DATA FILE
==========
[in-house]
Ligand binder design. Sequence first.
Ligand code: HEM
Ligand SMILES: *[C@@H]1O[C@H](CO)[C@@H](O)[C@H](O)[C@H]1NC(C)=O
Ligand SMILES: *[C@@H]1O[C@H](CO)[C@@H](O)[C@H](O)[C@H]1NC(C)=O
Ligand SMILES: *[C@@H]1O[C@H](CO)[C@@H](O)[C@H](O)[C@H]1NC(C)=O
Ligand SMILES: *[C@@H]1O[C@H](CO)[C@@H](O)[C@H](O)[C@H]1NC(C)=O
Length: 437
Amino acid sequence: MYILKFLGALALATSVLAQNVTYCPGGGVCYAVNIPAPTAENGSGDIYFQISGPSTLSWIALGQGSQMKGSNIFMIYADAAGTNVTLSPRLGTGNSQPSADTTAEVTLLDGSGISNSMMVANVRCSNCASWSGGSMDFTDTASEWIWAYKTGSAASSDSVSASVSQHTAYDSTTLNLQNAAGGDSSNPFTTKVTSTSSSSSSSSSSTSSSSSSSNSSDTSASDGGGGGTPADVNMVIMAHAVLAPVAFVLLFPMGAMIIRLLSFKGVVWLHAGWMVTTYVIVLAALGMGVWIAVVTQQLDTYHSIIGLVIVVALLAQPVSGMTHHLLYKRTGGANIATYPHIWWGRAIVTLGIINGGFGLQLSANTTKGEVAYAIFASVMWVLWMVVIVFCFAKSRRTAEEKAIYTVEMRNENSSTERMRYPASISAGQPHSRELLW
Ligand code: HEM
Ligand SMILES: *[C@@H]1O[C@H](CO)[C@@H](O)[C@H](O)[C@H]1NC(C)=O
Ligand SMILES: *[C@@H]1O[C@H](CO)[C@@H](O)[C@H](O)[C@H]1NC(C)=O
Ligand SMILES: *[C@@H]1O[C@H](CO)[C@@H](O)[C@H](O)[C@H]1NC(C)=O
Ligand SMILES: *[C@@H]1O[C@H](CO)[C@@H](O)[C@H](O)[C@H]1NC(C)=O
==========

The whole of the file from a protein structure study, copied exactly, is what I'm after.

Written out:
[in-house]
Ligand binder design. Sequence first.
Ligand code: HEM
Ligand SMILES: *[C@@H]1O[C@H](CO)[C@@H](O)[C@H](O)[C@H]1NC(C)=O
Ligand SMILES: *[C@@H]1O[C@H](CO)[C@@H](O)[C@H](O)[C@H]1NC(C)=O
Ligand SMILES: *[C@@H]1O[C@H](CO)[C@@H](O)[C@H](O)[C@H]1NC(C)=O
Ligand SMILES: *[C@@H]1O[C@H](CO)[C@@H](O)[C@H](O)[C@H]1NC(C)=O
Length: 437
Amino acid sequence: MYILKFLGALALATSVLAQNVTYCPGGGVCYAVNIPAPTAENGSGDIYFQISGPSTLSWIALGQGSQMKGSNIFMIYADAAGTNVTLSPRLGTGNSQPSADTTAEVTLLDGSGISNSMMVANVRCSNCASWSGGSMDFTDTASEWIWAYKTGSAASSDSVSASVSQHTAYDSTTLNLQNAAGGDSSNPFTTKVTSTSSSSSSSSSSTSSSSSSSNSSDTSASDGGGGGTPADVNMVIMAHAVLAPVAFVLLFPMGAMIIRLLSFKGVVWLHAGWMVTTYVIVLAALGMGVWIAVVTQQLDTYHSIIGLVIVVALLAQPVSGMTHHLLYKRTGGANIATYPHIWWGRAIVTLGIINGGFGLQLSANTTKGEVAYAIFASVMWVLWMVVIVFCFAKSRRTAEEKAIYTVEMRNENSSTERMRYPASISAGQPHSRELLW
Ligand code: HEM
Ligand SMILES: *[C@@H]1O[C@H](CO)[C@@H](O)[C@H](O)[C@H]1NC(C)=O
Ligand SMILES: *[C@@H]1O[C@H](CO)[C@@H](O)[C@H](O)[C@H]1NC(C)=O
Ligand SMILES: *[C@@H]1O[C@H](CO)[C@@H](O)[C@H](O)[C@H]1NC(C)=O
Ligand SMILES: *[C@@H]1O[C@H](CO)[C@@H](O)[C@H](O)[C@H]1NC(C)=O